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Home :: Archive :: 2000 :: December ::
Re: Mary Arden's House
The Shakespeare Conference: SHK 11.2240  Tuesday, 5 December 2000

[1]     From:   Mike Jensen <
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        Date:   Monday, 04 Dec 2000 10:04:26 -0800
        Subj:   SHK 11.2226 Re: Mary Arden's House

[2]     From:   Mari Bonomi <
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        Date:   Monday, 4 Dec 2000 13:06:07 -0500
        Subj:   Re: SHK 11.2226 Re: Mary Arden's House

[3]     From:   Stephanie Hughes <
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        Date:   Monday, 04 Dec 2000 08:45:59 +0000
        Subj:   Re: SHK 11.2226 Re: Mary Arden's House


[1]-----------------------------------------------------------------
From:           Mike Jensen <
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Date:           Monday, 04 Dec 2000 10:04:26 -0800
Subject: Re: Mary Arden's House
Comment:        SHK 11.2226 Re: Mary Arden's House

Tim Richards wondered

> Why on earth *do* tourists visit the house where Shakespeare's
> mother lived as a child? Would you also make a pilgrimage to
> Einstein's mum's home, or Picasso's dad's kindergarten?

I don't know?  Are they fun places to visit?

I gather you have not taken the tour?  I don't know if people would head
to what was formerly known as Mary Arden's house if it were not part of
the package.  When you buy the ticket to the properties run by the
Shakespeare Birthplace Trust, you visit - if my memory is clicking -
four houses and the grounds of New Place.  You board a bus that takes
you to them, get out and listen to the docents tell you about the
properties, then move along to the next place.  Your sarcasm, if that is
what it was, misses the point, which is marketing.

In fact, it is worth a visit.  The docents do a good, if perhaps not
totally accurate job.  They tell you it is a typical farmhouse of the
era, it is full of furniture from the time, and they try to give you a
sense of what life there was like, including the animal husbandry and
family bathing habits.  I'd complain that it is too slick, maybe a small
step in the direction of Disneyland, let's call it Willie World, but to
me it is the second best value of any of the Birthplace properties after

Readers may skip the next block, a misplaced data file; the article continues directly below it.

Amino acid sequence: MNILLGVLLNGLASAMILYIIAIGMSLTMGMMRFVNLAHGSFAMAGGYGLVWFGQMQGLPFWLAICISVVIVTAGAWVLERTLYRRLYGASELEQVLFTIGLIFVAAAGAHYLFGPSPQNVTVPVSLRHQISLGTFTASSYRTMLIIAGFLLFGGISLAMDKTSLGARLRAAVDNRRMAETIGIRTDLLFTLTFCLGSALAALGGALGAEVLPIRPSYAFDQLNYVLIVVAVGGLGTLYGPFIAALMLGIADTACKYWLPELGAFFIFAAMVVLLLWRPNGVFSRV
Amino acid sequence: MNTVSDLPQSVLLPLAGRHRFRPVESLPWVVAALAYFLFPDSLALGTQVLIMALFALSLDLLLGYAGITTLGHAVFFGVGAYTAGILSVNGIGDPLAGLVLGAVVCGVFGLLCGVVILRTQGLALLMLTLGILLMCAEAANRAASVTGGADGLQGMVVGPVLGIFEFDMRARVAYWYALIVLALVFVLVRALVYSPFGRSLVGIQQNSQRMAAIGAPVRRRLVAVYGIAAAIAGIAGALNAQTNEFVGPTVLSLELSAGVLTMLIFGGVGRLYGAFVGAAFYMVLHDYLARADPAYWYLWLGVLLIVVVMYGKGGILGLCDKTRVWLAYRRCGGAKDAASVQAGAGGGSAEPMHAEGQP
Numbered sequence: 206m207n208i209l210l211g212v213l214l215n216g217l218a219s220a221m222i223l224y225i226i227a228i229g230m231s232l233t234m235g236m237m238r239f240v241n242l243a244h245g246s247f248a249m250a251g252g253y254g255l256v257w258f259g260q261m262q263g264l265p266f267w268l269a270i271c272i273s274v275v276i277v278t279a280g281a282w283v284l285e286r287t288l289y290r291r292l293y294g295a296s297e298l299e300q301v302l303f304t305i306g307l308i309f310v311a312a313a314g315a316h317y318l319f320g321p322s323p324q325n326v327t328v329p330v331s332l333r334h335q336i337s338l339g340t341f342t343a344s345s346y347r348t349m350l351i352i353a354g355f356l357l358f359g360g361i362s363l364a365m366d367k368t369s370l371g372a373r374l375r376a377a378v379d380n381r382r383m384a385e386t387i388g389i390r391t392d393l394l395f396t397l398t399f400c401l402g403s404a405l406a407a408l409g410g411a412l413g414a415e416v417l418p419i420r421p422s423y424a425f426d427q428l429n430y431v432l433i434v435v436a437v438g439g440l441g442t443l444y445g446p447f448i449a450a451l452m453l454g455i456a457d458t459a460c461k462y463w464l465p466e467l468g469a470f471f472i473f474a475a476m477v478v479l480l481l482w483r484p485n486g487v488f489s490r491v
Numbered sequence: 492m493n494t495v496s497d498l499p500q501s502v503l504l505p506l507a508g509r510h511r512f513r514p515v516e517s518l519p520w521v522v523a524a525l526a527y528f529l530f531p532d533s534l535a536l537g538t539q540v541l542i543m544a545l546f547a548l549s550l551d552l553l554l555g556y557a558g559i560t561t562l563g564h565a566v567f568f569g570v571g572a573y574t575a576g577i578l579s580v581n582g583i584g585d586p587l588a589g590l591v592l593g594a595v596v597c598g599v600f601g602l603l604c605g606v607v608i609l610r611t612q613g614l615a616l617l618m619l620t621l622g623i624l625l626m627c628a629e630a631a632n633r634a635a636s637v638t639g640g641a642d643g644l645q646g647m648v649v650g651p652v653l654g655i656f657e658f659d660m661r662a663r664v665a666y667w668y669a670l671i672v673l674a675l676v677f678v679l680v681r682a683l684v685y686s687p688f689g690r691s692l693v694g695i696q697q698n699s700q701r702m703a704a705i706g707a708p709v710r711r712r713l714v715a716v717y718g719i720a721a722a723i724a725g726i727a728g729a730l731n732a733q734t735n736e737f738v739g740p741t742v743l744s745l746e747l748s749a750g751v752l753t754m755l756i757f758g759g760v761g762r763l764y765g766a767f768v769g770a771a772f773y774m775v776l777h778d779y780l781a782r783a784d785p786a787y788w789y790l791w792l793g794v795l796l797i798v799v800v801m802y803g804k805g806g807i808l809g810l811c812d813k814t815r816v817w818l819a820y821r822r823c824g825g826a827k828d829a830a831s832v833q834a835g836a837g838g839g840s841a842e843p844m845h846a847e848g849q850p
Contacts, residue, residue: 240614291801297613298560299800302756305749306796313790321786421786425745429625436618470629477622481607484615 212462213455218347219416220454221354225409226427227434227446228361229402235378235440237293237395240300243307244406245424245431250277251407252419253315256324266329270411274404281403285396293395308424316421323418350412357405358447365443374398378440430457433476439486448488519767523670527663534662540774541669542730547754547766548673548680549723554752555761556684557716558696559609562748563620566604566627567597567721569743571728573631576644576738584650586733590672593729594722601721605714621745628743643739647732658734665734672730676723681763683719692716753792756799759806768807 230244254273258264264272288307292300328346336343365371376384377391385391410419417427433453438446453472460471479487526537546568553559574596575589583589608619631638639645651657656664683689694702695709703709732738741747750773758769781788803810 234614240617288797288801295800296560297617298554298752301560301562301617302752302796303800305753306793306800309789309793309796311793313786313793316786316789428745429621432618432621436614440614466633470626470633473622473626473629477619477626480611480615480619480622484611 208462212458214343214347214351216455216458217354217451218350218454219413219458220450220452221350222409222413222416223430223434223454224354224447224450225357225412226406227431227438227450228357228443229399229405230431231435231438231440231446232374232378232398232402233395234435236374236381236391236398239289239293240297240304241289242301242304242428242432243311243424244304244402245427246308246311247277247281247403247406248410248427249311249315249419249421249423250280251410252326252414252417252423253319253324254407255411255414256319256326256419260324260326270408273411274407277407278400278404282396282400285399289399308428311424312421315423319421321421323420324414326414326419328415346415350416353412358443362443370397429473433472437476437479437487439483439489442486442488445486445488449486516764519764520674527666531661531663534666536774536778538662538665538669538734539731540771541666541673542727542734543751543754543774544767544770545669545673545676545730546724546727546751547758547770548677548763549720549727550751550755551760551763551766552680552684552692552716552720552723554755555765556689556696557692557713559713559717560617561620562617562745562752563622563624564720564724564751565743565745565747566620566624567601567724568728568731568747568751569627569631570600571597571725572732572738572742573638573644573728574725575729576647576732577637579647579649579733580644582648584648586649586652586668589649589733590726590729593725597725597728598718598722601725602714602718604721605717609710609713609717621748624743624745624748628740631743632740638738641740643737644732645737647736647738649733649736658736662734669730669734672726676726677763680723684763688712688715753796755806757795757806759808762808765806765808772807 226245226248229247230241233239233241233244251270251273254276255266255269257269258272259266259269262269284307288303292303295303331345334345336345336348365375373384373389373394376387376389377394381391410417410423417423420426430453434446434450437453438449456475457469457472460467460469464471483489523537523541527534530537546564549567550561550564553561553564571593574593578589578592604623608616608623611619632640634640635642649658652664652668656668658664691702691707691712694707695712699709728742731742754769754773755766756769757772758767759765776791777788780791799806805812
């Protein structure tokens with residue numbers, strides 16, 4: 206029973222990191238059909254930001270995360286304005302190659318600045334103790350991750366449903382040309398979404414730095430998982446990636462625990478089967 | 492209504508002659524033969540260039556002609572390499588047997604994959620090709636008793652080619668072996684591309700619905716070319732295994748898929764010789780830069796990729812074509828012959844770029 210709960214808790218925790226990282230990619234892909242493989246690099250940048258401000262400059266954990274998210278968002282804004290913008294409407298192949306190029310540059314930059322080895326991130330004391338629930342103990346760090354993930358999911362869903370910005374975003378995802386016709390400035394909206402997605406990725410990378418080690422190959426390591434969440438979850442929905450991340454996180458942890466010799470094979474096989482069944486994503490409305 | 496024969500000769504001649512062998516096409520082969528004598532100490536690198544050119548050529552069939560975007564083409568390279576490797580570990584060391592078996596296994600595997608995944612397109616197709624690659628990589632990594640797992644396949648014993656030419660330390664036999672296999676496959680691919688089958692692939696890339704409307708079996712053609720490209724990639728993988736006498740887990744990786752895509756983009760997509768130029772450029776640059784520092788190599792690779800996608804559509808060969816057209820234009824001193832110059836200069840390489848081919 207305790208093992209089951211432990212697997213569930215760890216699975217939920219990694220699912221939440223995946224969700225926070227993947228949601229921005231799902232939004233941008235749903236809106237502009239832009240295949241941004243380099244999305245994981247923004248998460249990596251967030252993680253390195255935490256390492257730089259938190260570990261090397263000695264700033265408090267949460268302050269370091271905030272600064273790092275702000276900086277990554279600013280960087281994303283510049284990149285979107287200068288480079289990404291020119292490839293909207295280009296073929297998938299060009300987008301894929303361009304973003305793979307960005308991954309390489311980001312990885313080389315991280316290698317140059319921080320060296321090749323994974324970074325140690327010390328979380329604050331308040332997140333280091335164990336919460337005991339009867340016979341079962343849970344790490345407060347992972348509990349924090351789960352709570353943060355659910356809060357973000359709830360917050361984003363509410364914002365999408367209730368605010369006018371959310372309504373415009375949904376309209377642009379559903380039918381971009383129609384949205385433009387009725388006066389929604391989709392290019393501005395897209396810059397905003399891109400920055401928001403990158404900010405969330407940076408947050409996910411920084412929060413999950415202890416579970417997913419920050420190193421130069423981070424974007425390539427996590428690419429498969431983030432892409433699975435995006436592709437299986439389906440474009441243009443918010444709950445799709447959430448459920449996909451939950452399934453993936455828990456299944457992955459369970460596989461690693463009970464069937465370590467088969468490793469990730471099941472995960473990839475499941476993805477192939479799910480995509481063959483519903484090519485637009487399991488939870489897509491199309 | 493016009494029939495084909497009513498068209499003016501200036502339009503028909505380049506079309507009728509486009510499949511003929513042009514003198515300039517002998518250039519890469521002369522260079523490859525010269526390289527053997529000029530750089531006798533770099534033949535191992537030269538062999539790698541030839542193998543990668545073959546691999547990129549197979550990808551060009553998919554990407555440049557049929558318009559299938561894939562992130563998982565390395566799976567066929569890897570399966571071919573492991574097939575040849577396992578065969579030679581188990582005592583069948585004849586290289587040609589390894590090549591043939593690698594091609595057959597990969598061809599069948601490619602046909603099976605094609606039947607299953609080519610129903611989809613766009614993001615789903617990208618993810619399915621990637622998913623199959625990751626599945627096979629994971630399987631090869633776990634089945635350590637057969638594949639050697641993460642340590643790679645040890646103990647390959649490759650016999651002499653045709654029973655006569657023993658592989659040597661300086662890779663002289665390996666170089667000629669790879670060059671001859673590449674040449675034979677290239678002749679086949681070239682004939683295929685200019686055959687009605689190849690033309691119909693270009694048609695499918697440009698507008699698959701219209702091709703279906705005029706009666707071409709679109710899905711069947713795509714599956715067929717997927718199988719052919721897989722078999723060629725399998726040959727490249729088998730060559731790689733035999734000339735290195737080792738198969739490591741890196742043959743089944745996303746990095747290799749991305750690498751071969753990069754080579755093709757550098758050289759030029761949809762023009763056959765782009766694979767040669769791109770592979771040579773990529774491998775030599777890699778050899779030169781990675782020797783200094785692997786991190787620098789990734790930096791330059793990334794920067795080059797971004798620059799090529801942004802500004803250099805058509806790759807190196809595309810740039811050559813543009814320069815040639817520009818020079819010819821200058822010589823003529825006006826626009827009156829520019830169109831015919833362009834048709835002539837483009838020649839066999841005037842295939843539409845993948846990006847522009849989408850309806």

Hall's Croft.

If the house of Einstein's mum's or Picasso's dad's kindergarten are as
entertaining, I'd gladly visit.

Mike Jensen

[2]-------------------------------------------------------------
From:           Mari Bonomi <
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Date:           Monday, 4 Dec 2000 13:06:07 -0500
Subject: 11.2226 Re: Mary Arden's House
Comment:        Re: SHK 11.2226 Re: Mary Arden's House

I would not disagree completely about the stench of this particular
subject, but would prefer to substitute the word "idolatry" instead.

Case in point: my former mother-in-law who came very late to Elvismania.

She spent a vacation flying to Memphis, renting a car, driving to Tupelo
and the Birthplace, and following maps of his childhood peregrinations.

Nuff said :)

Mari Bonomi

[3]-------------------------------------------------------------
From:           Stephanie Hughes <
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Date:           Monday, 04 Dec 2000 08:45:59 +0000
Subject: 11.2226 Re: Mary Arden's House
Comment:        Re: SHK 11.2226 Re: Mary Arden's House

>Why on earth *do* tourists
>visit the house where Shakespeare's mother lived as a child? Would you
>also make a pilgrimage to Einstein's mum's home, or Picasso's dad's
>kindergarten?
>
>There's a quasi-religious whiff about all this...

"quasi" nothing. Harold Bloom says that, to the English speaking world,
Hamlet is the secular Christ. So what does that make Shakespeare?

Stephanie Hughes
 

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